Save everything and rerun the app. You won’t see a change, but the code is now a little cleaner. :]

You might have noticed a new comment: // TODO: add theme here. There, you’ll make one last change before the tutorial is over.

Adding a Theme

Your final improvement is to easily add a theme to the app by adding a theme attribute to the MaterialApp you created in main.dart.

Find // TODO: add theme here and replace it with the following:

theme: ThemeData(primaryColor:, 

Here, you’re using a shade of green as a Material Design color value for the theme.

Save and hot reload to see the new theme in action:

Running in the Android emulator

The app screenshots so far have been from the Android emulator. You can also run the final themed app in iOS Simulator:

App running on iOS Simulator

And here’s how it looks on the Chrome web browser:

App running on Chrome

Feel free to run it as a Windows, Mac or Linux app as well. It only requires a little extra setup and adding desktop support to your app. On macOS, you should also give the app permission to access the internet.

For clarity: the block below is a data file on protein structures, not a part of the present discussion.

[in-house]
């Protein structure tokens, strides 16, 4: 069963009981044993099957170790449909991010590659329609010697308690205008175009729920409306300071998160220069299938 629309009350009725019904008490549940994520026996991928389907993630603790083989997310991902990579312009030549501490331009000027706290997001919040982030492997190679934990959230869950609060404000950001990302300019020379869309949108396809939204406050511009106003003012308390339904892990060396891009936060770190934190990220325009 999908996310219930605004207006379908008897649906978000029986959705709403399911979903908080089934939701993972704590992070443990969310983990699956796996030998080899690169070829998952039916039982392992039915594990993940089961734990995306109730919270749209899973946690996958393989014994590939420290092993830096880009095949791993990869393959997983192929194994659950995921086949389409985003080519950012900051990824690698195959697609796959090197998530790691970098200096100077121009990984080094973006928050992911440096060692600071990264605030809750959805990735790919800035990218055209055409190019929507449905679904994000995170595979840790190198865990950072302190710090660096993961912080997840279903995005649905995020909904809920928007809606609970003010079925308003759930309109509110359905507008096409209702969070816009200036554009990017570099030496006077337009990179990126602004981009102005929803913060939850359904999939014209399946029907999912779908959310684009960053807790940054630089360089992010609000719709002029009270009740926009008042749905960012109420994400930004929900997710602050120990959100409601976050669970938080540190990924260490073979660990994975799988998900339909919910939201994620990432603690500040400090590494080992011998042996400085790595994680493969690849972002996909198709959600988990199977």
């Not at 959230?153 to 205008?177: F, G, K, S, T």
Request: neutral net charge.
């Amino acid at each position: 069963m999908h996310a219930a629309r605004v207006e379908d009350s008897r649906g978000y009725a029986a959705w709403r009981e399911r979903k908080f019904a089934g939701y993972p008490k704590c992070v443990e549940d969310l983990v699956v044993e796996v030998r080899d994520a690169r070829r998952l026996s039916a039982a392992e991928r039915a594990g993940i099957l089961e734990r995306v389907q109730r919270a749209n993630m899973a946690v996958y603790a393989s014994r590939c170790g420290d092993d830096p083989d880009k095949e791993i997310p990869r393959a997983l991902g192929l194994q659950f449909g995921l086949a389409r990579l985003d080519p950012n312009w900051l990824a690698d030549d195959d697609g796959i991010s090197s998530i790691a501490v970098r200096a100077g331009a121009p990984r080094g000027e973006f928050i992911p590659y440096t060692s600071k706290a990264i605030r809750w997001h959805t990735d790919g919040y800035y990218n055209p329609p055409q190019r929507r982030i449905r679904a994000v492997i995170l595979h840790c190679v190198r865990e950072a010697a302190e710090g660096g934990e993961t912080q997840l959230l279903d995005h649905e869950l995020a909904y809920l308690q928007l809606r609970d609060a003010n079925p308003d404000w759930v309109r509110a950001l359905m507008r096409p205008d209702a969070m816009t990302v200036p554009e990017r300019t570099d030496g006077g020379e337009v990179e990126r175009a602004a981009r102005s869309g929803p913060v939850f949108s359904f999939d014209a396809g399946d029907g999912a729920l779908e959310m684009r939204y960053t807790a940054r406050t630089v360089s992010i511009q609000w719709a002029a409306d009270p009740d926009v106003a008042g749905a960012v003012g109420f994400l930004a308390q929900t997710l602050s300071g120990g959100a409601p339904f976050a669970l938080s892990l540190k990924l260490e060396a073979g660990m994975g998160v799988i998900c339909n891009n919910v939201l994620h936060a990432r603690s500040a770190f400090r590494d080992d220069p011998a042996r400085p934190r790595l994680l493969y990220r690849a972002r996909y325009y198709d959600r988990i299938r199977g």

Here’s the app running on macOS:

App running on macOS

Now that’s what you call cross-platform! :]

Where to Go From Here?

Download the completed project files by clicking the Download Materials button at the top or bottom of the tutorial.

You can open the project in either VS Code or Android Studio.

Open it in VS Code by opening the root folder. You’ll need to fetch packages before running the project. Do so by pressing Command-Shift-P on MacOS or Control-Shift-P on Windows or Linux to open the command palette and running the Flutter: Get Packages command.

To open the project in Android Studio, choose Open an existing project from the Welcome to Android Studio screen and navigate to choose the root folder of the final project. Then choose Get dependencies on the 'Pub get' has not been run line in Android Studio.

There’s a lot more to learn about Flutter and Dart. Here are some places to start:

And you’ll definitely want to browse the Flutter library! There’s an ever-increasing selection of books, articles and videos to help you on your Flutter journey.

We hope you enjoyed this tutorial. If you have any questions or comments, please join the forum discussion below!